The twin priorities of a North Ayrshire Green New Deal to build back better, fairer and greener are to:
Ensure an inclusive economic recovery by delivering our Community Wealth Building mission; and
Ensure a green economic recovery focused on achieving our net zero carbon ambitions through the creation of sustainable infrastructure and regeneration projects and creating fair jobs.
At the heart of this is the £8.8m Investment Fund which will support an inclusive and green economic recovery by:
Maximising renewable energy generation;
Investing in the commercial estate including improving the sustainability of assets;
Trackling vacant and derelict land and building in town centres by investing in town centre living;
Supporting community economic developing through community regeneration, ownership and capacity building;
A carbon absorption tree planting programme; and
The creation of a Green Jobs Fund.
The Council has launched a ‘Keep it Local’ campaign as part of the wider Community Wealth Building approach. The need for local people, businesses and Anchor Institutions to spend locally is an essential pillar of that strategy and the Council are supporting that need by urging people and businesses to ‘Keep it Local’.
In October 2020, as part of Challenge Poverty Week, the Council launched Scotland’s first Anchor Charter. The Charter was signed by six major regional Anchor Institutions and outlined a commitment to a series of CWB and Climate Action pledges to support an inclusive regional economy.
In terms of lessons learned in developing a bold Community Wealth Building approach, the North Ayrshire Council recommends:
Setting a vision with buy in
Anchoring in education and collaboration
Working across silos
Bottom-up engagement
Be ambitious and bold, but practical
Building awareness, knowledge and showing ‘quick wins’

Find out more:
https://www.north-ayrshire.gov.uk/council/community-wealth-building/community-wealth-building.aspx

An important feature of the wellbeing economy is that it pays attention to the wellbeing of future generations. This means that the wellbeing of children and young people is an essential aspect of a country’s economic strategy.

“Success is about making New Zealand both a great place to make a living, and a great place to make a life”. – Grant Robertson, Finance Minister of New Zealand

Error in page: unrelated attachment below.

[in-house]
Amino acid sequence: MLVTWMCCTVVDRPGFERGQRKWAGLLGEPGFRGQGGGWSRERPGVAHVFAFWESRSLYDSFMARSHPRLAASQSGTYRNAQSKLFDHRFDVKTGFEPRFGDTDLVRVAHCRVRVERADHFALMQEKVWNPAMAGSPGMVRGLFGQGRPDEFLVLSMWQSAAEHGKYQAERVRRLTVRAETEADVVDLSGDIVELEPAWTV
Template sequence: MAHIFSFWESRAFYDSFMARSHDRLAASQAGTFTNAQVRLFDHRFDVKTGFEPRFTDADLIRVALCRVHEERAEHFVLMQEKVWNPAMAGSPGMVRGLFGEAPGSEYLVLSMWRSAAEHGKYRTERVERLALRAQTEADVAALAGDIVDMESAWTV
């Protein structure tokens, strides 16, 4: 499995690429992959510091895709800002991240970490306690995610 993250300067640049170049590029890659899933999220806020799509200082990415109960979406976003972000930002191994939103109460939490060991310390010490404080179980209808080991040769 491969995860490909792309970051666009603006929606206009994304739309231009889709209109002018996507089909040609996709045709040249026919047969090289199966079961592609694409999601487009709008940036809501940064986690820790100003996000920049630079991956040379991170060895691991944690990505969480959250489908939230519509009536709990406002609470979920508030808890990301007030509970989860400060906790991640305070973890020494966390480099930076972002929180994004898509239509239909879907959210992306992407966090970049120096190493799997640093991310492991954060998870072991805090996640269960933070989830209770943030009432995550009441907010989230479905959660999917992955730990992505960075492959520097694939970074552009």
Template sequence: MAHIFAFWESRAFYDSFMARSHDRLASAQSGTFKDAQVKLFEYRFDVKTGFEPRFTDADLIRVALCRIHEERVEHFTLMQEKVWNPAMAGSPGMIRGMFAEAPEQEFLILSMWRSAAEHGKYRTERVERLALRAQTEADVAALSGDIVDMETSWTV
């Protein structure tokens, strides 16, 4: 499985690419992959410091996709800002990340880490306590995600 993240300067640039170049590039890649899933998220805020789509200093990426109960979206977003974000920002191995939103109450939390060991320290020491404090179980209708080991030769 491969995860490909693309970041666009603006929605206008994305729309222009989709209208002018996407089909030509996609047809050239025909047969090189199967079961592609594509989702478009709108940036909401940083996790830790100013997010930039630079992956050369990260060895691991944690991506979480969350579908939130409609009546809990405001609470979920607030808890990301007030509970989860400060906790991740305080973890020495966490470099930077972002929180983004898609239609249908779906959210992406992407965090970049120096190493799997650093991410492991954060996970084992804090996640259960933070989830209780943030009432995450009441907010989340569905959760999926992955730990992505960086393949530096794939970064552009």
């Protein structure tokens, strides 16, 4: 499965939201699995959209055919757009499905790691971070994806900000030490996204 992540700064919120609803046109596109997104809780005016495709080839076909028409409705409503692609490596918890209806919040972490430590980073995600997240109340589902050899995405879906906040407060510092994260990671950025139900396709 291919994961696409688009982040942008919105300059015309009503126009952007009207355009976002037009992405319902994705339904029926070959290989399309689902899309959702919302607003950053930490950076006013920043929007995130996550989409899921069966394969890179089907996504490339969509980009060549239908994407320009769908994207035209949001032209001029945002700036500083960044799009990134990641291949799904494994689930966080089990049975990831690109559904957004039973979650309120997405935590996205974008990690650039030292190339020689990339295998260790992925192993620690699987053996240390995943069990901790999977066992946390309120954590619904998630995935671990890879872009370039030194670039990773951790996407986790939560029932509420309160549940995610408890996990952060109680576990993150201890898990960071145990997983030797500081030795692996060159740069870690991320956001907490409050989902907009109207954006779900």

Child poverty was one particular area that created the impetus for the creation of New Zealand’s Wellbeing Budget in 2019. Following years of pressure from social movements and expert advice to address the issue, data analysed by the Ministry of Social Development confirmed widespread child poverty in the country. It became a national scandal that 30 years of GDP growth had not improved the measure of child poverty, not even in absolute terms. This issue was a widely accepted illustration of the need to look beyond GDP growth.

Consequently, the government passed the Child Poverty Reduction Act 2018. The Act defines four primary measures of child poverty – two measures of low income households, one measure of material hardship, and one measure of persistent poverty. It also defines six supplementary measures of child poverty. The Act requires the government to publish and report on reduction targets for each of the primary measures, with a duty to explain any non-compliance with the targets. The analysis must include trends for identified populations, such as for the indigenous population of the country.

The Government presented the country’s first Child Poverty Report within the Wellbeing Budget of May 2019. It presented baseline data for the primary measures of child poverty, and defined targets for the measures that the government aimed to achieve in three years and in ten years. It also presented modelling work by the Treasury explaining how the whole-of-government policies in the Budget would contribute to achieving those targets.

Following this, the New Zealand Government also created a Child and Youth Wellbeing Strategy, which it published in August 2019, to work toward the targets set. The strategy identifies six outcomes:

  • Children and young people have what they need
  • Children and young people are loved, safe, and nurtured
  • Children and young people are happy and healthy
  • Children and young people are learning and developing
  • Children and young people are accepted, respected, and connected
  • Children and young people are involved and empowered

For each outcome, the Government has selected a set of statistical indicators for monitoring trends over time. Some of these indicators will come from a new survey of young people, designed to gather data about health and wellbeing. This nationwide survey will take place in 2021.

This case study illustrates how a government can use evidence as a benchmark to create a dashboard of statistical measures and indicators, in order to set targets and report on progress towards a Wellbeing Economy.

Find out more here.

New Zealand – The Just Transitions Unit’ tags=’Wellbeing Policy Design’ custom_id=’What are the goals of a Wellbeing Economy? / What is Wellbeing Economic Policy?’ av_uid=’av-131mirj’]